"A vibrant piece of fiction, pulsating with events and emotions…Seems destined to be read a hundred years from now." —Martin Rubin, Los Angeles Times
Each house on Pepys Road, an ordinary street in London, has seen its fair share of first steps and last breaths, and plenty of laughter in between. But each of the street’s residents—a rich banker and his shopaholic wife, a soccer prodigy from Senegal, Pakistani shop owners, a dying old woman and her graffiti-artist son—is receiving a menacing postcard with a simple message: "We Want What You Have." Who is behind this? What do they really want? In Capital, John Lanchester ("an elegant and wonderfully witty writer"—New York Times) delivers a warm and compassionate novel that captures the anxieties of our time—property values going up, fortunes going down, a potential terrorist around every corner—with an unforgettable cast of characters.
Lanchester (The Debt to Pleasure) follows on the heels of 2010's I.O.U., a nonfiction dissection of the great recession, by covering much of the same territory in this barely allegorical study of class conflict and reversal of fortune. The affluent residents of London's Pepys Road suburb are a handy cross-section of late-2007 types: Roger Yount, a banker riding high and counting on his bonus to cover mortgages and the needs of his spoiled wife; Shahid, the son of Pakistani immigrants working the family shop; the 17-year old soccer prodigy Freddy Kamo; Quentina Mkfesi, an educated Zimbabwean refugee turned traffic warden; the elderly Petunia Howe, living repository of Pepys Road's postwar rise; and Petunia's grandson, a Banksy-type artist named Smitty. This is just a sample of the cast, most of whom begin receiving mysterious cards reading "We Want What You Have." Like clockwork, the quality of life on Pepys Road goes south, with arrests, injuries, illnesses, and financial undoing. But it's hard to care, with predictable and seldom insightful plot threads, and Lanchester reducing his characters to their socio-economic parameters as surely as the market itself. The result is an obsequious, transparent attempt at an epochal "financial crash" novel that is as thin as a 20-dollar bill.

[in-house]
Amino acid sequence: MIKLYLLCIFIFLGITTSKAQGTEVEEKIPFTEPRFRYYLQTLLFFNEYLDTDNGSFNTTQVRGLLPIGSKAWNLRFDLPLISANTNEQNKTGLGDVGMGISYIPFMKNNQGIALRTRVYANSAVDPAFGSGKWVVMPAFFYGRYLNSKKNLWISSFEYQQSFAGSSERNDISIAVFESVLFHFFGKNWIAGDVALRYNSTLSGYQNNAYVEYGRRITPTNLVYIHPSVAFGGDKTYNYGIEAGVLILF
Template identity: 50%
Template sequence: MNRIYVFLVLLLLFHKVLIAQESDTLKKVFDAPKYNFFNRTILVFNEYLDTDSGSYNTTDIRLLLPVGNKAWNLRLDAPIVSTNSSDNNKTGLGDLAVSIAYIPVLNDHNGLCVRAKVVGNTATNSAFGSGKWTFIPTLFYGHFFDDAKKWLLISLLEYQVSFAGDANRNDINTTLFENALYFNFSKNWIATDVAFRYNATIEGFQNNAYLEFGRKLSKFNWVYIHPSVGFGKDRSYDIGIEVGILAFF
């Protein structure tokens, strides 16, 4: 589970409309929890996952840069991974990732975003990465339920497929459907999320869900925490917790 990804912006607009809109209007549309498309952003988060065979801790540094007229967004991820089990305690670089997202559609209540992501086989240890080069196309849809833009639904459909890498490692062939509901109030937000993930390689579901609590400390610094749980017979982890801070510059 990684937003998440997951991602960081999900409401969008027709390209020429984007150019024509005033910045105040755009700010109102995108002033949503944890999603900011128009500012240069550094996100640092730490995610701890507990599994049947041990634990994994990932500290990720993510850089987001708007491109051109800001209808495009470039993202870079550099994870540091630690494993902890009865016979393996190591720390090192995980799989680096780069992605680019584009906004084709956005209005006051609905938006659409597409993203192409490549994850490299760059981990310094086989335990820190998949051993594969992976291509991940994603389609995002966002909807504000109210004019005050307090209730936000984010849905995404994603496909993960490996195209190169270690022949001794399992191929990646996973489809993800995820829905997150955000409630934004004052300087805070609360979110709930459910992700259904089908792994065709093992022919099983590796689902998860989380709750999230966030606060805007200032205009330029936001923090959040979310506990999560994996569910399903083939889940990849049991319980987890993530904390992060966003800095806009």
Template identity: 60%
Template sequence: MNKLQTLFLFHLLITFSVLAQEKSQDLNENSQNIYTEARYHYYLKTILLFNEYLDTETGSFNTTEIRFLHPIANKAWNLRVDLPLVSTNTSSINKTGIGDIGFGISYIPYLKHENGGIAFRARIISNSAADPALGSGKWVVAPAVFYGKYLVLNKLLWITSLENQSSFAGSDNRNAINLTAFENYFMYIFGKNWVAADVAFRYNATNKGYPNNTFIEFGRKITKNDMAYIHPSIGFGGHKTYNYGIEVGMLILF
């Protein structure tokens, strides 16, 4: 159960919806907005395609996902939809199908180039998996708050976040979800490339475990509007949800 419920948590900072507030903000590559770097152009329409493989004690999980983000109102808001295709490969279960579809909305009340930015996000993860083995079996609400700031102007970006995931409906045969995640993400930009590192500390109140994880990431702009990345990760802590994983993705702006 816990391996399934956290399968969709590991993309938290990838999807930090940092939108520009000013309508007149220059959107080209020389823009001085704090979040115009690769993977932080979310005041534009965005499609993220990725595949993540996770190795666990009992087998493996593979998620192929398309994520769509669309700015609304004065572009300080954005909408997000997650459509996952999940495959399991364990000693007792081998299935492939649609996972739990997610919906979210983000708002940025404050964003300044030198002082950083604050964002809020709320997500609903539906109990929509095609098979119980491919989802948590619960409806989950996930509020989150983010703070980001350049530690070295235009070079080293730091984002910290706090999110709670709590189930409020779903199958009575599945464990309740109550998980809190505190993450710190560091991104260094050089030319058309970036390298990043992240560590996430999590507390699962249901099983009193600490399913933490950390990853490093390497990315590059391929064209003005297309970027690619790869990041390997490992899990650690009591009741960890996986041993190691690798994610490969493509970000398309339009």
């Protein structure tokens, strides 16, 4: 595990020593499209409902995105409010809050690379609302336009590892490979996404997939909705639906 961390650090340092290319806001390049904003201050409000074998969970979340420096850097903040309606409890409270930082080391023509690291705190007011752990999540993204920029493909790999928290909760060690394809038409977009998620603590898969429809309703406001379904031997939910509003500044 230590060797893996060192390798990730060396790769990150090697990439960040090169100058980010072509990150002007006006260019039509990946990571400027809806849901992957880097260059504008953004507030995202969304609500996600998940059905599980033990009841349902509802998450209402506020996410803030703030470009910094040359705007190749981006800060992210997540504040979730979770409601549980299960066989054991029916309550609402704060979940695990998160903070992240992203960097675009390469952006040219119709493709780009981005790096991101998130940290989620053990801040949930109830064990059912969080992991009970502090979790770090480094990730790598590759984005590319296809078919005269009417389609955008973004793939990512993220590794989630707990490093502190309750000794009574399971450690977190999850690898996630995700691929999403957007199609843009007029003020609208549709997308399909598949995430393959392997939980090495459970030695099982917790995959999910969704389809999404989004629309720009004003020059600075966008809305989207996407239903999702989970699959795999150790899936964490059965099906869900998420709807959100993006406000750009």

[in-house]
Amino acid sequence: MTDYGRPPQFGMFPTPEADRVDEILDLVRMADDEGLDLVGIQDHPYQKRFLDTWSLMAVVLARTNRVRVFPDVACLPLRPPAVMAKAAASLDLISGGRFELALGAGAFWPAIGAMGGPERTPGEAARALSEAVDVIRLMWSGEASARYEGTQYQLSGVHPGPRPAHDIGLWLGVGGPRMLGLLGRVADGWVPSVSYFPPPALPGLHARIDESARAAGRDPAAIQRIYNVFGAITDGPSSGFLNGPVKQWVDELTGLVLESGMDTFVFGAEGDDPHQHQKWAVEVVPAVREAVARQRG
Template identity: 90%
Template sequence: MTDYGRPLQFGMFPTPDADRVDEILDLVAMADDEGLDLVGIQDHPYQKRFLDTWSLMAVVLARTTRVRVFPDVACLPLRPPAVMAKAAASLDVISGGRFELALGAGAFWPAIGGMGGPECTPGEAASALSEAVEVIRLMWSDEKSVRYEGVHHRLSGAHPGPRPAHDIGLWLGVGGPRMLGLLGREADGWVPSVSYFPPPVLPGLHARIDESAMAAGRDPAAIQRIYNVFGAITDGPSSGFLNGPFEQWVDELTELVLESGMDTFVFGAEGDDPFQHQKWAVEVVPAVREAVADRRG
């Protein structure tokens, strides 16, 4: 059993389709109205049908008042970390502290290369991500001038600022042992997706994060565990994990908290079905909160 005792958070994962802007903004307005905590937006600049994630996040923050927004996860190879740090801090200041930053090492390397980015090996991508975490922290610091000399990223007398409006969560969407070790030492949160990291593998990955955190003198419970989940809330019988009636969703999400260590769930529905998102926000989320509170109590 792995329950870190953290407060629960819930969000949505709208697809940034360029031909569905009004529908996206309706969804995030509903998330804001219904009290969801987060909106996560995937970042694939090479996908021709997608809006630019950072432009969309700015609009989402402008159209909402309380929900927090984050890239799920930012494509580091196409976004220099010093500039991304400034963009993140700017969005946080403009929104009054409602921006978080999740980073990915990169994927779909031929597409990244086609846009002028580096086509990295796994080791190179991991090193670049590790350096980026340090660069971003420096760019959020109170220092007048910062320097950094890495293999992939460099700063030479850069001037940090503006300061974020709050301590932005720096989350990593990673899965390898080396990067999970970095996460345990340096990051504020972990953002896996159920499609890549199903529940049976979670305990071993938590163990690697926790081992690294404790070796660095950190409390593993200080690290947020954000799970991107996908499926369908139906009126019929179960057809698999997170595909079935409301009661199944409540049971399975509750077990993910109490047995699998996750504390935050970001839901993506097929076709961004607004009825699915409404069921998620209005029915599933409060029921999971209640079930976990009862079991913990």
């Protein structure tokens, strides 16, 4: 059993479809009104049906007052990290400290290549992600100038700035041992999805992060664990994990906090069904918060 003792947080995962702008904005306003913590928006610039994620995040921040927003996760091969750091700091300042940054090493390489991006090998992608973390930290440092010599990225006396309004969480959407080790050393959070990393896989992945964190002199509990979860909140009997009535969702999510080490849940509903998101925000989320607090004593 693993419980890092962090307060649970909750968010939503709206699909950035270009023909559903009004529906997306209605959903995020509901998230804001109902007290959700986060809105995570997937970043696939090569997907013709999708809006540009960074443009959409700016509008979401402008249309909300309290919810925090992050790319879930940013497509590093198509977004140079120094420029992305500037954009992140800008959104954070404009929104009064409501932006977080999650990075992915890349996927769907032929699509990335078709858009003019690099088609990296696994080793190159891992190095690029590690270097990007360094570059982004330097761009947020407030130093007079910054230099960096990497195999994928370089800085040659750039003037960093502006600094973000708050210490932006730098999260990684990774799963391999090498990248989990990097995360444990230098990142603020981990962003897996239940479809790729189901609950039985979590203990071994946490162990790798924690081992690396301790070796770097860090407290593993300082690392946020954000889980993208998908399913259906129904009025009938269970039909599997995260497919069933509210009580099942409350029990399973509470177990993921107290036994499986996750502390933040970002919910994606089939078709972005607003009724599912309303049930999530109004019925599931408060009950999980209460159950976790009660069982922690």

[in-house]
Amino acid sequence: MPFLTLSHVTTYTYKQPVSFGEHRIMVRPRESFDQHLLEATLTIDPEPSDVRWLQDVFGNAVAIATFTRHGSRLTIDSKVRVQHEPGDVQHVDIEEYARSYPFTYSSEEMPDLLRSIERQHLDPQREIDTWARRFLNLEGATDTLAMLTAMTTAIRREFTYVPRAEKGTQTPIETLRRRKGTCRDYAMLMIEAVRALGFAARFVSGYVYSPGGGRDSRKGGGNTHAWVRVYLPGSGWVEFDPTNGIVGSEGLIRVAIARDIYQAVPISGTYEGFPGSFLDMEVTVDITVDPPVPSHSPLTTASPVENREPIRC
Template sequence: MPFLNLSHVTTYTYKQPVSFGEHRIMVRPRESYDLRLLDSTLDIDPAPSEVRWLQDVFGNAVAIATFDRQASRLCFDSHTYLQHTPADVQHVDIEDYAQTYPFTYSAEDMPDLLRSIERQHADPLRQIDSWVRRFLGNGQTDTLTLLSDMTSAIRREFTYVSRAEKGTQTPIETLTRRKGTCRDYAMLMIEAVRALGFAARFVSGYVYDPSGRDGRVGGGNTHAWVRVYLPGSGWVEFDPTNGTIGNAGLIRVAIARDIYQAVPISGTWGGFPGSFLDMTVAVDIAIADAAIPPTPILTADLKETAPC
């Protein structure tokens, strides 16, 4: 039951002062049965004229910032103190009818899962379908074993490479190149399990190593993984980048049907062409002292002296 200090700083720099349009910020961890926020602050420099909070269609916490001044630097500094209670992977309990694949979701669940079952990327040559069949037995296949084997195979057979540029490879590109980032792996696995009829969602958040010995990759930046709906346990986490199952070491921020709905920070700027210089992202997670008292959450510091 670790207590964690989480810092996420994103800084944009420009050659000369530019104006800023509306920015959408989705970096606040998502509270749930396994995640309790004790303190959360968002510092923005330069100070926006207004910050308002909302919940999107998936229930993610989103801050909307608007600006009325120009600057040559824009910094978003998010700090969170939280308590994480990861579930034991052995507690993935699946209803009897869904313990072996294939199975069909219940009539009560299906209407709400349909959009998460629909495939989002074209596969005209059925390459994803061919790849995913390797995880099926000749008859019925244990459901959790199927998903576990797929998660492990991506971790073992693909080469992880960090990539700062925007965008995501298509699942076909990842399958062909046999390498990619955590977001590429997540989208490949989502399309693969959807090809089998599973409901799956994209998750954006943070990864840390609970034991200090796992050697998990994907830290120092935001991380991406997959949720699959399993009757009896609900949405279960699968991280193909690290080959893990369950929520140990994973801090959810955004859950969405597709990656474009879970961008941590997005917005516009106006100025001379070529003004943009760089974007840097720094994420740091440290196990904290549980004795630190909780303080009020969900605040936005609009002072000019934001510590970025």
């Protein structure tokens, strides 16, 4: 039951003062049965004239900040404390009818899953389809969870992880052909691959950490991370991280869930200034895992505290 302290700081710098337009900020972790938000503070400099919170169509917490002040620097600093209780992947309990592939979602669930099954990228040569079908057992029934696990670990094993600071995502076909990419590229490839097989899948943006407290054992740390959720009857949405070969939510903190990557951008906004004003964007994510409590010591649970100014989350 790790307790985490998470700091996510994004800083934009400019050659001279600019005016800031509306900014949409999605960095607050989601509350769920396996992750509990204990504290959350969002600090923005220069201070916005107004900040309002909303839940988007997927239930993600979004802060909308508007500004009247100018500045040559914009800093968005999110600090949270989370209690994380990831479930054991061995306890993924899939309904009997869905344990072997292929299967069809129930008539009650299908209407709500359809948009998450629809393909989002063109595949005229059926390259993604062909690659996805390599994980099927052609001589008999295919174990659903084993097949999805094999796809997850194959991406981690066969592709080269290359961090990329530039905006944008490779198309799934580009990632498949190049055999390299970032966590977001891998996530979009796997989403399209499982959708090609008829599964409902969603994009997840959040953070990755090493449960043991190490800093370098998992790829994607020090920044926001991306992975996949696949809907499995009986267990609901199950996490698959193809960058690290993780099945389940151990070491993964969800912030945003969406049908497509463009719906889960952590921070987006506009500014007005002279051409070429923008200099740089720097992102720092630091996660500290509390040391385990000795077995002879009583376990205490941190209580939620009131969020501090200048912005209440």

Full of stereotypes
Boring, caricature-like characters in well-known situations ( that is you have a social-conscience a modicum of general knowledge). The sample chapter red well, but it got really boring and somewhat predictable. The writing is earnest but not inspiring in any way. Basically a waste of my time.